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Hi Angela,

  1. Either a or b
  2. Either a or b; the calling method can handle the exception in a try/catch or throw it
  3. In both cases you can catch or throw Exception or SubException
  4. The sequence is important in a try/catch block. Always put the most specific exception first.

  5. Hope that helps.
    ------------------
    Jane Griscti
    Sun Certified Programmer for the Java� 2 Platform
 
Angela Narain
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2. Suppose this method is called by some code ,
In the calling code/method it will be needed that :
a. Declare the exception in the throws clause
b. Handle the exception in a try-catch block
So what exceptions possibly i can declare :
If case a. : ?
If case b. : ?
ANS :2. Either a or b; the calling method can handle the exception in a try/catch or throw it
3. Suppose in the calling method if i declare
in the throws clause as well as use try-catch block
So what exceptions possibly i can declare :
If case a. : ?
If case b. : ?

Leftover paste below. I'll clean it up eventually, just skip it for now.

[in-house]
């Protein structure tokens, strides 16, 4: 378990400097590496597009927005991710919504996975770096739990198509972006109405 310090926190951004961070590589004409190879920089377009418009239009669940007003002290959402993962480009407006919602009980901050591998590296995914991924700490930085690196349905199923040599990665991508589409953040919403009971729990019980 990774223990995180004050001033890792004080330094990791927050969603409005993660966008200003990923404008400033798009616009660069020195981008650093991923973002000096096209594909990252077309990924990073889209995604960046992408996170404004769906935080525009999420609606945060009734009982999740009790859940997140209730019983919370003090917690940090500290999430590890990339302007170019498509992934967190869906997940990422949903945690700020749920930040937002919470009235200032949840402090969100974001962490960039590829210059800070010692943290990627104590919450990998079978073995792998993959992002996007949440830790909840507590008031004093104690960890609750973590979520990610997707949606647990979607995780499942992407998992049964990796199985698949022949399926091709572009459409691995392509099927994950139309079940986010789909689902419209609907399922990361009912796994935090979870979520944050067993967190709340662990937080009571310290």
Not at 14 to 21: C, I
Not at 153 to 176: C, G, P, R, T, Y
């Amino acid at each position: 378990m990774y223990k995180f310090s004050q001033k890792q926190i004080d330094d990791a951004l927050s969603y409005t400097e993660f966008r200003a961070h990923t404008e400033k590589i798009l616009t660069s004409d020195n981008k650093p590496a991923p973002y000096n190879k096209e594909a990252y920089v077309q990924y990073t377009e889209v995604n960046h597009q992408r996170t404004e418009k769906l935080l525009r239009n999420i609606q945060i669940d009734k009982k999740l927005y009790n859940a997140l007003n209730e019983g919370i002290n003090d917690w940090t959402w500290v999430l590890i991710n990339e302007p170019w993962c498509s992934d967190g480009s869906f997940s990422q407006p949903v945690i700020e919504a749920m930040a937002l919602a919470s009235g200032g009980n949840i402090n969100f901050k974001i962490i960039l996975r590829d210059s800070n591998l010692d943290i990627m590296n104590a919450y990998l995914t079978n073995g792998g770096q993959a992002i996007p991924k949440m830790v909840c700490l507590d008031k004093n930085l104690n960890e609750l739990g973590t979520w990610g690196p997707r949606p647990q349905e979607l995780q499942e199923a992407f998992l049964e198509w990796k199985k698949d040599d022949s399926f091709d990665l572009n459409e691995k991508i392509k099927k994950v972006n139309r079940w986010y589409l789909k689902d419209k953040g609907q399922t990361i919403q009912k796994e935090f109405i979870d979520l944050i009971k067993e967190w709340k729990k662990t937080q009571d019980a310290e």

ANS : In both cases you can catch or throw Exception or SubException
4. What is the exact sequence of the order of exceptions
that can be placed in the throws clause as well
in the try-catch block of the calling method ?
ANS : 4. The sequence is important in a try/catch block. Always put the most specific exception first.
hi Jane,
Thanks for the reply. To add further to my query :
Specifically I wanted to know which exceptions ( SubException or Exception )is to be put in the throws clause or it try-catch used which possible exceptions ( SubException or Exception ) to be put for each case
Something like the below for points 2,3,4
if case a : SubException or Exception
if case b : Only Exception


 
Angela Narain
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1. With reference to the method "aMethod()" what do i need to declare
in the throws clause of this method.
a) The SubException itself like shown in the example above
b) Super class of SubException in this case Exception.
ANS : 1. Either a or b
I think , it should be both a and b
and not either .
Pls. correct me if wrong.
 
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Hi Anjela,

Originally posted by Angela Narain:
1. With reference to the method "aMethod()" what do i need to declare
in the throws clause of this method.
a) The SubException itself like shown in the example above
b) Super class of SubException in this case Exception.
ANS : 1. Either a or b
I think , it should be both a and b
and not either .
Pls. correct me if wrong.


Since aMethod() is throwing SubException(), declaring SubException in the throws clause would suffice.Alternatively, you could declare a superclass of SubException (Exception) also.However, you certainly donot require both of them.
Hope this helps,
Sandeep
SCJP2, OCSD(Oracle JDeveloper), OCED(Oracle Internet Platform)
 
Desai Sandeep
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Hi Anjela,